M&A

Why Dole Desperately Wants to Go Private Again


Pickers loading pineapples onto a conveyor belt at a Dole plantation in Wahiawa, Hawaii

Photograph by Tim Rue/Bloomberg

Pickers loading pineapples onto a conveyor belt at a Dole plantation in Wahiawa, Hawaii

It’s not a great time to be in the fresh fruit business. Profit margins are being squeezed, bad weather is a hassle, and growers are increasingly choosing to sell directly to retailers, bypassing a supplier like Dole Food (DOLE).

All of which made Dole Chief Executive Officer David Murdock’s offer to take the company private attractive, and today Dole accepted. The purchase price of about $1.6 billion, or $13.50 per share, is about $500 million more than Murdock’s initial offer in June. If it goes through, this will be the second time Murdock has taken the company private. The sale is expected to close by year’s end, assuming no higher bidders emerge.

As a result, banana lovers can expect to pay a bit more. Produce peddlers such as Chiquita Brands International (CQB), Fresh Del Monte Produce (FDP), and Dole—the largest U.S. banana supplier—have been skirmishing for market share. Over the past year, prices have dropped about 3 percent industrywide, enough to hurt financial results, says Brett Hundley, a senior analyst with BB&T Capital Markets. “They all blame each other,” he says. “But when one of the largest guys out there is more levered and he’s gone private, we see more room for rational pricing.”

In other words, the leverage Murdock is assuming in the deal will press him to boost prices—debt as discipline, as it were.

The 90-year-old CEO—a fervent advocate of healthy eating who says he will live to be 125—has been down this road before, paying $2.5 billion 10 years ago for a company that was larger. Dole divested its worldwide packaged foods and Asian fresh food business this spring for $1.7 billion cash, most of which it used to pay down debt. The sold units represented about 38 percent of the company’s revenue, which was $6.8 billion last year.

Murdock was reluctantly forced back into the public market in 2009, Hundley says, due to Dole’s heavy debt load, and the company has suffered persistent losses from its fruit businesses, including a deep hit from Southern California strawberry fields that were damaged by extreme weather this year. The company is the second-largest strawberry supplier in the U.S.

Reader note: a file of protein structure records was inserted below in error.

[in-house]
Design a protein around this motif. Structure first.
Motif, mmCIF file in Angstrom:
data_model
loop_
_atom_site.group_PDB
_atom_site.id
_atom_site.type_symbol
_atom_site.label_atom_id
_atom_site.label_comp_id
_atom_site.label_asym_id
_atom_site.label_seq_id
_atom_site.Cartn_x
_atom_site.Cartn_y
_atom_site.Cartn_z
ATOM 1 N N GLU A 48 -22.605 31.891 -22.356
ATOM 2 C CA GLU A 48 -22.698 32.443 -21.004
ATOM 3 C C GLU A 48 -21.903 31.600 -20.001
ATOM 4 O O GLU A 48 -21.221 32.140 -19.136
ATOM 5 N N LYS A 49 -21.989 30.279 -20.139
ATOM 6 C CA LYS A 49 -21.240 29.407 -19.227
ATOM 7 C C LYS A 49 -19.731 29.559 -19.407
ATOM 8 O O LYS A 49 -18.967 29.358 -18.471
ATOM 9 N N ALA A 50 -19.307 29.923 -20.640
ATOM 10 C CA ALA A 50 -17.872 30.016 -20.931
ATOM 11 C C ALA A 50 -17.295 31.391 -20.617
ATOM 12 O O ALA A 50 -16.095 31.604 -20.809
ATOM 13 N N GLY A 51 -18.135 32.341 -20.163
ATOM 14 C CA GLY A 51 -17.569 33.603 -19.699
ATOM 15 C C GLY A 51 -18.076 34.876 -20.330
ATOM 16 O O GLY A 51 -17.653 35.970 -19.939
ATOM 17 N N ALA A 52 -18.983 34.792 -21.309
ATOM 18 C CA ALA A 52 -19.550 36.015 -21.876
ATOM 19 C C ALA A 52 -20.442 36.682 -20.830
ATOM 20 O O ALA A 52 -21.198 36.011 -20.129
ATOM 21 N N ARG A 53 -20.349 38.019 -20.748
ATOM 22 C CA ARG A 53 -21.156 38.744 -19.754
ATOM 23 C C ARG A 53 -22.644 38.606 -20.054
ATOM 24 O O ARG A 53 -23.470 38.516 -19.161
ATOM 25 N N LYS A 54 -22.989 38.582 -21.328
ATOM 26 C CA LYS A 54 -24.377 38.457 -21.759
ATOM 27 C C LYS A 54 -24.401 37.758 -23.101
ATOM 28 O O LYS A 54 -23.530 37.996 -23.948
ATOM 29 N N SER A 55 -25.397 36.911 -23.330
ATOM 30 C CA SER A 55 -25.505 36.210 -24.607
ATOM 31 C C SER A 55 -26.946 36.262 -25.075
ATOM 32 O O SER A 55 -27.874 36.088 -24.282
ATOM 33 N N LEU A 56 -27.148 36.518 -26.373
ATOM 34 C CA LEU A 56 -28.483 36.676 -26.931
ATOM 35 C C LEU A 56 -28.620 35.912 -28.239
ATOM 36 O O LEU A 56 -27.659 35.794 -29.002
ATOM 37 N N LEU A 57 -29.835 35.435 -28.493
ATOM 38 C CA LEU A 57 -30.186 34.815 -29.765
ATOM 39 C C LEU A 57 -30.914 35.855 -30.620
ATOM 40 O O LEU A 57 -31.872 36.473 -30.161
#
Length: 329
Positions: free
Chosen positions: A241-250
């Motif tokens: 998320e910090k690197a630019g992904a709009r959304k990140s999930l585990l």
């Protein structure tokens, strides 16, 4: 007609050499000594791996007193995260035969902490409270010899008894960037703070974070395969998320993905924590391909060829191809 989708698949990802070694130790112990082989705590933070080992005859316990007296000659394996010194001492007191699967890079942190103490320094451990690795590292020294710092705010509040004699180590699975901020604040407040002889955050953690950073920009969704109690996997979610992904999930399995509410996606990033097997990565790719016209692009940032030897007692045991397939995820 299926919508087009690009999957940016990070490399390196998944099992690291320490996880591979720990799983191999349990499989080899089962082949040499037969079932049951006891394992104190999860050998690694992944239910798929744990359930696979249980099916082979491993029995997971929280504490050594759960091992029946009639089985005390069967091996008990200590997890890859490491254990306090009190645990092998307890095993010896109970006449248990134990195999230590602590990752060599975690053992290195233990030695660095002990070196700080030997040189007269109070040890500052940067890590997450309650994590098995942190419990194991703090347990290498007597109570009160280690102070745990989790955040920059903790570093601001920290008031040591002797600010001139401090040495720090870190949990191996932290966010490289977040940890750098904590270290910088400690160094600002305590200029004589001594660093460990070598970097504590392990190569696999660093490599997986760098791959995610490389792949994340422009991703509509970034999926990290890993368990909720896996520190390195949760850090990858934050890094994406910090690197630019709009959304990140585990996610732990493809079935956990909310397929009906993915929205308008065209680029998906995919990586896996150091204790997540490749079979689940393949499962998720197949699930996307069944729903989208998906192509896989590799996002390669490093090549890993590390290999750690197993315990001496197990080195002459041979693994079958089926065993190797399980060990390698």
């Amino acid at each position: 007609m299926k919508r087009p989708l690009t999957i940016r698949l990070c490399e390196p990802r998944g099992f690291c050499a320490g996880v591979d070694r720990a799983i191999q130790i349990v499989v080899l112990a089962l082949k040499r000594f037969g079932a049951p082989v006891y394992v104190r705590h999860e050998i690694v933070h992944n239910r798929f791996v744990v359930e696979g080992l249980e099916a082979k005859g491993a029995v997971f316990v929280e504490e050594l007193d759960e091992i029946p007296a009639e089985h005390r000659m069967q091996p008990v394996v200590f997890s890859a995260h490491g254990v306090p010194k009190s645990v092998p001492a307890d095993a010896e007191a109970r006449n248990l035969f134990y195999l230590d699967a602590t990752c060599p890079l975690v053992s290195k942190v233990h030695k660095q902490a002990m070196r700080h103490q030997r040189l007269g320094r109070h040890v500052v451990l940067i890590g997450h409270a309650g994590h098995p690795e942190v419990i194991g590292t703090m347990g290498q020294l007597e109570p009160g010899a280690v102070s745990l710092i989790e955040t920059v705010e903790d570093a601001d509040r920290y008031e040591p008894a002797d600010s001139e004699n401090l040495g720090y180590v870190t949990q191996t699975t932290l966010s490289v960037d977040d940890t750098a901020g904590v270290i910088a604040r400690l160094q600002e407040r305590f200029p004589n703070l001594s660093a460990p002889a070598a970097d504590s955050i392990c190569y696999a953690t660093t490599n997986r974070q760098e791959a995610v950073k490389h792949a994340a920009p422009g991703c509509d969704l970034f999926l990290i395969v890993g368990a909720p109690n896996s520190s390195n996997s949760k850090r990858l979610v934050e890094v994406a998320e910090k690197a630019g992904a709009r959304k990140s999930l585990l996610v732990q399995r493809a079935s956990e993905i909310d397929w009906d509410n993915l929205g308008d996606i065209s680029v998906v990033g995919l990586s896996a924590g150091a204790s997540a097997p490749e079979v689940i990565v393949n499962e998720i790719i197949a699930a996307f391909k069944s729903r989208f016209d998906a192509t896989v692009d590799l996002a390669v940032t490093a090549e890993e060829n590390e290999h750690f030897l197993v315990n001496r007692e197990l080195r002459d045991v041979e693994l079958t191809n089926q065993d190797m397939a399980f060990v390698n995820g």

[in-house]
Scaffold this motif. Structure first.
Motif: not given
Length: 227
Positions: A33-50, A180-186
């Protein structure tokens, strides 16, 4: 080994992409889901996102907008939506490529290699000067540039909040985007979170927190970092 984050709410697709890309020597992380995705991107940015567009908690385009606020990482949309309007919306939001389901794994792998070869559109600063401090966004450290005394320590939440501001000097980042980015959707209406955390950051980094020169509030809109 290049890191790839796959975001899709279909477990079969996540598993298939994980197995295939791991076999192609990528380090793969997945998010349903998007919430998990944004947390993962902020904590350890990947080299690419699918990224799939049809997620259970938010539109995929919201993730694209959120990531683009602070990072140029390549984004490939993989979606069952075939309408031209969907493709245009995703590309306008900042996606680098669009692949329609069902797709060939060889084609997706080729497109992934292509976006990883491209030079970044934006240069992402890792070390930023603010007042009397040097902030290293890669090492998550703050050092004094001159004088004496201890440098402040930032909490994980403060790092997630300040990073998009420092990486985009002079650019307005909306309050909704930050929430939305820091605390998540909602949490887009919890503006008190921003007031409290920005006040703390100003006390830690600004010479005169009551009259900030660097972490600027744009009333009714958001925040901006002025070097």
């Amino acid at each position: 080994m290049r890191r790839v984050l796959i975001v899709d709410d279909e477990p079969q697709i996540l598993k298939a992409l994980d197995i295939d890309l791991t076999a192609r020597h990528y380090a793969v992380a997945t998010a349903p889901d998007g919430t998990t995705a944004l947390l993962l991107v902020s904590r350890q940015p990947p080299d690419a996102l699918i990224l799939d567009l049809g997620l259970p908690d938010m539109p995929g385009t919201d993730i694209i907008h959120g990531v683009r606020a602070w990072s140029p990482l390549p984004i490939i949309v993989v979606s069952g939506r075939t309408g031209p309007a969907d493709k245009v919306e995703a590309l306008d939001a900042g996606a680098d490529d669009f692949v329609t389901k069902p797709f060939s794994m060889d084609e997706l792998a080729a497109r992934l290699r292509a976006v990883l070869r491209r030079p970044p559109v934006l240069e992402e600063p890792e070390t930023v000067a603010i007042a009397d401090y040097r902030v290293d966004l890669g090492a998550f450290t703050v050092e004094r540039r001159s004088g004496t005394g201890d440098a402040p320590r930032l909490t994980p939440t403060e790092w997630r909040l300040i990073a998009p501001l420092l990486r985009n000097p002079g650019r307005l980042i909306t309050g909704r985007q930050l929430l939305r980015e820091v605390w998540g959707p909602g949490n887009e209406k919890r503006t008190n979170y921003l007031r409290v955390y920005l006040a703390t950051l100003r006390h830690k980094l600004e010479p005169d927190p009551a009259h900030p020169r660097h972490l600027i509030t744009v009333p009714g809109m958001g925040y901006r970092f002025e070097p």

On a conference call last month announcing another weak quarter, C. Michael Carter, Dole’s president and chief operating officer, explained the structural changes that have pummeled the company. Big retailers are going straight to sourcing countries just as national governments have increased the fruit per box.

There’s been a natural squeeze occurring between the retailers who are reluctant to increase price—which we’ve been trying to encourage them to do, on the one hand—and our sourcing countries where minimum pricing is occurring. … We wind up, frankly, competing with some of our own suppliers. And it’s an awkward situation that we find ourselves in. So I think, strategically, the industry is—at least, certainly, the big players—need to find a way to try to deal with that.

One way for Dole to deal with it is to keep cutting costs and focus on improving the margins for its fresh fruit, vegetables, and packaged salads businesses with higher prices. This time around, however, Murdock appears to be better capitalized and able to avoid another trip to Wall Street, stock in hand. In 2012, he sold billionaire Larry Ellison the Hawaiian island of Lanai for more than $500 million.

Bachman is an associate editor for Businessweek.com.

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Companies Mentioned

  • CQB
    (Chiquita Brands International Inc)
    • $12.25 USD
    • 0.20
    • 1.63%
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